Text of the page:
Title: Detection of internal insects in wheat using a conductive roller mill and estimation of insect fragments in the resulting flour Authors
|Katzke, Dave -|
Submitted to: Journal of Stored Products Research
Publication Type: Peer Reviewed Journal
Publication Acceptance Date: April 6, 2010
Publication Date: July 1, 2010
Repository URL: http://naldc.nal.usda.gov/download/45397/PDF
Citation: Brabec, D.L., Pearson, T.C., Flinn, P.W., Katzke, D. 2010. Detection of internal insects in wheat using a conductive roller mill and estimation of insect fragments in the resulting flour. Journal of Stored Products Research. 46(3):180-185. Interpretive Summary: Insects reduce value of grain, cause loss of grain due to consumption by insects and extra cleaning required to remove insects and damaged kernels, and high levels of insects can indicate a general sanitation problem in the grain. However, small insects that bore into wheat kernels are extremely difficult to detect. A recently developed machine was tested for its ability to detect insects living inside of wheat kernels and estimate insect pieces in flour after milling. The machine can inspect a one kilogram sample in less than a minute with very little sample preparation. Results showed high correlation with insect counts by x-ray and with insect fragment counts in resulting flour. The machine should find widespread usefulness where grain is inspected for quality and for determining long term storability.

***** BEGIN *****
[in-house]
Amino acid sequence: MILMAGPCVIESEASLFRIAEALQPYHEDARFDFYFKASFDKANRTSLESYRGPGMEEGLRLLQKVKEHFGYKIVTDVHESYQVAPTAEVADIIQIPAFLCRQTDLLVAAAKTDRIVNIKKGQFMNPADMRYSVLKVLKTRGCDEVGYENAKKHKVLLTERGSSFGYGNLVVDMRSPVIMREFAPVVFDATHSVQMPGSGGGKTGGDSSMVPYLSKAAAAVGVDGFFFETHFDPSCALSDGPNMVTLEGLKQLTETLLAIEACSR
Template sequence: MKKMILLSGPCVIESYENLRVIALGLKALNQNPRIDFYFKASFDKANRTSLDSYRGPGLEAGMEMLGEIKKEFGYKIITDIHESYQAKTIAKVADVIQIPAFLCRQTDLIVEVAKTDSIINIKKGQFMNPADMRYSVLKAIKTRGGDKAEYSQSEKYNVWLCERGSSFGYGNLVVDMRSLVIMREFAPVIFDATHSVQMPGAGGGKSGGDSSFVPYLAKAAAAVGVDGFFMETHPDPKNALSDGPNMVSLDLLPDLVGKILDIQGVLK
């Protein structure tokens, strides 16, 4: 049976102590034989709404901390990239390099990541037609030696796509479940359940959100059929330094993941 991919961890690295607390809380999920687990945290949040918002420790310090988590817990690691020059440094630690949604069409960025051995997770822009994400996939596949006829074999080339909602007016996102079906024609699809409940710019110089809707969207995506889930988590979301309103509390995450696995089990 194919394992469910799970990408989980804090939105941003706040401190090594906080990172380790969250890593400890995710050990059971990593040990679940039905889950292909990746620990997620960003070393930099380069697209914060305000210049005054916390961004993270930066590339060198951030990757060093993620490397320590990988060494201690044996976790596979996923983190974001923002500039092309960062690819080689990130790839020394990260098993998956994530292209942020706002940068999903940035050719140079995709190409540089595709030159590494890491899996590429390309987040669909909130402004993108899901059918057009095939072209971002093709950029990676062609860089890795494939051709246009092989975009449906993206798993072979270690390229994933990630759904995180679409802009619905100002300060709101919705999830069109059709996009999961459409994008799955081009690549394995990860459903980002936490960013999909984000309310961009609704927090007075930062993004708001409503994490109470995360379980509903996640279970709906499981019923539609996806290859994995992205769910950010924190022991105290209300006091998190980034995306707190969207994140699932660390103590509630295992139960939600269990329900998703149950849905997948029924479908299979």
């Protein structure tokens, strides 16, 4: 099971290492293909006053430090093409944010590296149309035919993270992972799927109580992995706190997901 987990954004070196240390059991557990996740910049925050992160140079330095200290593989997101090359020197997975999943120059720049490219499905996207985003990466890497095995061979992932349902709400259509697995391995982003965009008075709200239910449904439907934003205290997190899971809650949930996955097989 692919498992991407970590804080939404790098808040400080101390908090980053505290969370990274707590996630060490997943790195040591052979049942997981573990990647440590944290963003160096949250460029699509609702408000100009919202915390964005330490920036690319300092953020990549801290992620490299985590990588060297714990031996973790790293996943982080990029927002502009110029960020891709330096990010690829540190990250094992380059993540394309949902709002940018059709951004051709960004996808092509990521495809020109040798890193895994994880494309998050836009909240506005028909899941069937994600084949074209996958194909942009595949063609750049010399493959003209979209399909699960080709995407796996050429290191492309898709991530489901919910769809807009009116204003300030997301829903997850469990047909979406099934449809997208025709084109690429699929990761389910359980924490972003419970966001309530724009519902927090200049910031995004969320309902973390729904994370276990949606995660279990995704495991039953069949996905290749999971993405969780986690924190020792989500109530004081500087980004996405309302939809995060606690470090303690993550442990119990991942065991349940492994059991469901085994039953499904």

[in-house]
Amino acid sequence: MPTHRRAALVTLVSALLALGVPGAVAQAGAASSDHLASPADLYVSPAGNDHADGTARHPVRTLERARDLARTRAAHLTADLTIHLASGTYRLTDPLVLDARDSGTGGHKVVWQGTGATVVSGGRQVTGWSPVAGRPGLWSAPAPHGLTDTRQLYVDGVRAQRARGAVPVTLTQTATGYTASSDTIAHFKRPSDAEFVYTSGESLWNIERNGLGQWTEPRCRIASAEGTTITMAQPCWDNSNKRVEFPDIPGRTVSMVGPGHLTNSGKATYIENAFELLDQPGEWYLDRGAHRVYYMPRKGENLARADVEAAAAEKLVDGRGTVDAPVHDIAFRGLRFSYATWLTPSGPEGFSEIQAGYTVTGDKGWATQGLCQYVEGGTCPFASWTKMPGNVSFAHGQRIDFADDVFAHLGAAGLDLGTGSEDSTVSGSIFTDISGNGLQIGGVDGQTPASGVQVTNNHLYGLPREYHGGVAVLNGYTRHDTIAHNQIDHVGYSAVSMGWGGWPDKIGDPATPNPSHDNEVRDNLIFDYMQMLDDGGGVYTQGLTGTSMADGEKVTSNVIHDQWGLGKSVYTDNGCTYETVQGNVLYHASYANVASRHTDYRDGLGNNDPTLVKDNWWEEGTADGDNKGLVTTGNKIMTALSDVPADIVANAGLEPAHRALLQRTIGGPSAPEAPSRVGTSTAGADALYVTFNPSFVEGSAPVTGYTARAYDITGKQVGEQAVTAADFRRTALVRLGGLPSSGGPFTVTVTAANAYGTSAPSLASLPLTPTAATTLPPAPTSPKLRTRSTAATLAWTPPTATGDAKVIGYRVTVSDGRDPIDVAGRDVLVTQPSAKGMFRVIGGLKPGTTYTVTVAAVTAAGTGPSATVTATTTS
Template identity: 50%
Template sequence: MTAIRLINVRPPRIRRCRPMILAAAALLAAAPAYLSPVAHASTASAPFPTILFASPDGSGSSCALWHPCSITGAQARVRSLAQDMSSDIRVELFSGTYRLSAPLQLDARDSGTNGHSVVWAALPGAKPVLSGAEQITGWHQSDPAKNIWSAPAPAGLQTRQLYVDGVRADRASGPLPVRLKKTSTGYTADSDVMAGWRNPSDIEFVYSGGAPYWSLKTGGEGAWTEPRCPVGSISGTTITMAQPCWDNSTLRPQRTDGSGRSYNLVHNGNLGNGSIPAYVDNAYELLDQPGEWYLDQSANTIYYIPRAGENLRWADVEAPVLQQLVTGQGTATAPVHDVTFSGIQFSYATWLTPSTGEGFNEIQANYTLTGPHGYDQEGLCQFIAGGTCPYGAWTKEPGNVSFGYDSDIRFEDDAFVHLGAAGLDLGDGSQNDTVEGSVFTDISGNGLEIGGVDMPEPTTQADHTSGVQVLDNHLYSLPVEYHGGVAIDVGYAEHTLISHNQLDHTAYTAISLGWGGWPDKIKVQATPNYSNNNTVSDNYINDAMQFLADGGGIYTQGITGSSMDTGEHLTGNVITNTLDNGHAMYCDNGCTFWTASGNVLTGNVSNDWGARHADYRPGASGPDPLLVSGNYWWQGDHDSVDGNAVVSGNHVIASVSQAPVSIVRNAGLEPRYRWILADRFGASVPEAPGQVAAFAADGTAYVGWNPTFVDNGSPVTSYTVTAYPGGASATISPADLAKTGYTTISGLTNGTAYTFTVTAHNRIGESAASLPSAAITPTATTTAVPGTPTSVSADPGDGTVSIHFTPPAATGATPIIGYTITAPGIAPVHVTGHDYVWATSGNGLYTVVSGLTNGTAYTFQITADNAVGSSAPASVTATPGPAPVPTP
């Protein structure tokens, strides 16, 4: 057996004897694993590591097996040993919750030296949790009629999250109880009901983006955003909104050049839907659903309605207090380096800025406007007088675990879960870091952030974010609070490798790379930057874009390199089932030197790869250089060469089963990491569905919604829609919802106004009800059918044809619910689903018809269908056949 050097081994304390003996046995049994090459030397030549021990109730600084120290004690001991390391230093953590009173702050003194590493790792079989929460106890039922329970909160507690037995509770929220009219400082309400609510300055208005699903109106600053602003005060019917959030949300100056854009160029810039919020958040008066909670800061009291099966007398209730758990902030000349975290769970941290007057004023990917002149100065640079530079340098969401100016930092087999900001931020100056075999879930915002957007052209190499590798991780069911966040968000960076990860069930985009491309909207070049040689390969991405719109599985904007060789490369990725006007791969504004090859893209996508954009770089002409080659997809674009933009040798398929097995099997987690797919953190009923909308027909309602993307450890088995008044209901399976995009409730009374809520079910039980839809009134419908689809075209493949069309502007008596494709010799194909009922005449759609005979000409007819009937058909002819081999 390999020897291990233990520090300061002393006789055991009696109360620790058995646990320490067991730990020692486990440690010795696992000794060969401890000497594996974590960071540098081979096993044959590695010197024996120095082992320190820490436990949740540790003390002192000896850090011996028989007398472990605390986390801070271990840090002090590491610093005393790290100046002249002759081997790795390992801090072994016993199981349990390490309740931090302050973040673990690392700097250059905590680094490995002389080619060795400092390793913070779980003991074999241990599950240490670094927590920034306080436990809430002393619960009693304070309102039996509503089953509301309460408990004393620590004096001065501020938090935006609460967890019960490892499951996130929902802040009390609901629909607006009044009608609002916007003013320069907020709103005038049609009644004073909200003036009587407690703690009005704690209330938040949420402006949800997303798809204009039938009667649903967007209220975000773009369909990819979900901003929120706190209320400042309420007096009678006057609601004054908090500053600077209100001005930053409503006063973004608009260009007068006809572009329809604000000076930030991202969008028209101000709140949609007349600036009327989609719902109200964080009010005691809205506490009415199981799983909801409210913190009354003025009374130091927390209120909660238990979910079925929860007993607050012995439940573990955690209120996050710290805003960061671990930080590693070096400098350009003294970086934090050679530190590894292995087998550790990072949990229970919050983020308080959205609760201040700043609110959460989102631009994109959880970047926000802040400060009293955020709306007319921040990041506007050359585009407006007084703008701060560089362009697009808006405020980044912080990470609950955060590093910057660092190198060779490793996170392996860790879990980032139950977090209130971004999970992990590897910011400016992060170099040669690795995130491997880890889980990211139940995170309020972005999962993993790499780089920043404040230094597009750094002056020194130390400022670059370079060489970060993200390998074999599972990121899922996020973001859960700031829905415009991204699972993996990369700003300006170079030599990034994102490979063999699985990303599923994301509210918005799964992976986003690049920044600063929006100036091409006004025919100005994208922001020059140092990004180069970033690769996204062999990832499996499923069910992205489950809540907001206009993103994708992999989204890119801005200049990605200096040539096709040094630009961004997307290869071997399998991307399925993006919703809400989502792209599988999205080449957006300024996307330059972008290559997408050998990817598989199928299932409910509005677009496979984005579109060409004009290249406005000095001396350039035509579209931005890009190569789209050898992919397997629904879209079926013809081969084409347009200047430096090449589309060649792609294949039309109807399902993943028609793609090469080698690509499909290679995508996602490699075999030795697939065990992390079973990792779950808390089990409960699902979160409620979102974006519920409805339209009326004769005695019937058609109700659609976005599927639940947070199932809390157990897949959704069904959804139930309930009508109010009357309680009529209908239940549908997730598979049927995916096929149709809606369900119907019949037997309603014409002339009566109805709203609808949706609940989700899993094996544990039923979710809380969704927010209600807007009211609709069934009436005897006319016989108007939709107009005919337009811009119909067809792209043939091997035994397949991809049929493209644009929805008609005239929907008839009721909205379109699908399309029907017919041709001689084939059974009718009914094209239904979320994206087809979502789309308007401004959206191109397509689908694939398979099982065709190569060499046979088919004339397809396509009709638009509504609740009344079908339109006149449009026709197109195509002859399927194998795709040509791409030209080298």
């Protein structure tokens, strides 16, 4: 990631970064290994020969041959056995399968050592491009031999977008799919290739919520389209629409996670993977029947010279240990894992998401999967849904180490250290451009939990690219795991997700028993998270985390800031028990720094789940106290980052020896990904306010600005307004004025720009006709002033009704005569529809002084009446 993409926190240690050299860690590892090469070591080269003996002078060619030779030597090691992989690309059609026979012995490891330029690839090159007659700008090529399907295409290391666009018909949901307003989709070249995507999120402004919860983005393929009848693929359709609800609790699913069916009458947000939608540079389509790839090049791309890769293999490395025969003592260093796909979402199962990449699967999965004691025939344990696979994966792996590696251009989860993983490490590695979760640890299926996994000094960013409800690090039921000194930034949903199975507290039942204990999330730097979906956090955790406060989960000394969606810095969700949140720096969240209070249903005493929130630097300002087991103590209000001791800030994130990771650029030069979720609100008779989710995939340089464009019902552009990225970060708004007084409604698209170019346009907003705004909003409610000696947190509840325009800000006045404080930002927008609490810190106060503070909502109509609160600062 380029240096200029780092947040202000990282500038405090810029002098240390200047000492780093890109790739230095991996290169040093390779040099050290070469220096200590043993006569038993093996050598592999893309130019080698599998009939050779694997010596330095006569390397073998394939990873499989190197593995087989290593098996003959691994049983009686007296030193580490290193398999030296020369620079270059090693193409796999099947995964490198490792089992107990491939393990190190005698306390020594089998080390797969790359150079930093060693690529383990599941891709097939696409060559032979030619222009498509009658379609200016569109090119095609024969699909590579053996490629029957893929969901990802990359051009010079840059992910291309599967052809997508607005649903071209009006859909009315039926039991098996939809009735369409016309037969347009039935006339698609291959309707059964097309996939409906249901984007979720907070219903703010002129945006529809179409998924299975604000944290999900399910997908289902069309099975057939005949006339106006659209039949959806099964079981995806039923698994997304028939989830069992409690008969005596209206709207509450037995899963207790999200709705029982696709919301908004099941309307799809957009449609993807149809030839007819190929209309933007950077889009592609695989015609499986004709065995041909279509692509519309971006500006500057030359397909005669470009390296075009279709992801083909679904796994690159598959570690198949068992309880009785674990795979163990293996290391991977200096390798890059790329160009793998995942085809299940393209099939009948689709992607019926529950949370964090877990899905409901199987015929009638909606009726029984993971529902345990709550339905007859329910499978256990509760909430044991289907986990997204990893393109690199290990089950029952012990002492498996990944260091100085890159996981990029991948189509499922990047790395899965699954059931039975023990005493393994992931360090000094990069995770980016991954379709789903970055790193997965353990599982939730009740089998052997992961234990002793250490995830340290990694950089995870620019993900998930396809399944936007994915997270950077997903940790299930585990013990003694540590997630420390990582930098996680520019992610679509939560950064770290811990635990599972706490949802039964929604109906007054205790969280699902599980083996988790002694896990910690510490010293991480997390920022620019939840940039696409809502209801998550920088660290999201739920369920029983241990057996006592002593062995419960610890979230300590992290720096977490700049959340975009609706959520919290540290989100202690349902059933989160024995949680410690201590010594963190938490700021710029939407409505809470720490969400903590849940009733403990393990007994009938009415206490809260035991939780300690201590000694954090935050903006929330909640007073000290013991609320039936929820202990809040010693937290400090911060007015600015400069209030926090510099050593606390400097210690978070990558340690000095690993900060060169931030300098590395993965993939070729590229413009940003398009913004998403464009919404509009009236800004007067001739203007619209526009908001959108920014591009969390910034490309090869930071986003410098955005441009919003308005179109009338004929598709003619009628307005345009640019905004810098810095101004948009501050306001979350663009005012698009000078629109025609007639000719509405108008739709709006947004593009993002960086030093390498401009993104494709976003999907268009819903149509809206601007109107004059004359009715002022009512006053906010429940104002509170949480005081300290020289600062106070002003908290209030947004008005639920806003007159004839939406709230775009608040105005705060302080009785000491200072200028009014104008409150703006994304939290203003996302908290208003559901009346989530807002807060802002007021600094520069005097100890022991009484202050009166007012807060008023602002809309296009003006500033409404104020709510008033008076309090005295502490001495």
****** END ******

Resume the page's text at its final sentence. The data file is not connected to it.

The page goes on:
Technical Abstract: A laboratory roller mill that monitors the conductance of kernels that pass through it was tested for its ability to estimate the number of insect fragments in flour after milling. This system can test a kilogram of whole wheat in approximately one minute and requires little sample preparation. Hard red winter wheat samples were infested with lesser grain borers and stored at 24'C. Infestations ranged from 12 to over 2500 infested kernels per 1 kg or per 30,000 kernels. After crushing of samples in the conductance instrument, the samples were milled into flour and sub-samples were sent to two laboratories for insect fragment analysis. The insect fragments were proportional to the number of detection incidences obtained using the conductance instrument and x-ray images. Insect fragment counts per 50 g of flour ranged from 0 to over 5000. For insect fragment counts from 0-200, correlations between fragment counts and conductance mill detection were 0.92 and 0.82 from two separate cereal chemistry laboratories. For laboratories #1 and #2, the insect fragments were estimated at 1.9 and 1.3 times the number of detections obtained with the conductance mill, respectively. Therefore, the conductance mill is potentially a good method for testing incoming grain for live internally infesting insects; it is able to test 1 kg of grain in about one minute and can detect low levels (as low as one or two insects) of live internal infestations in a one or two kilogram sample.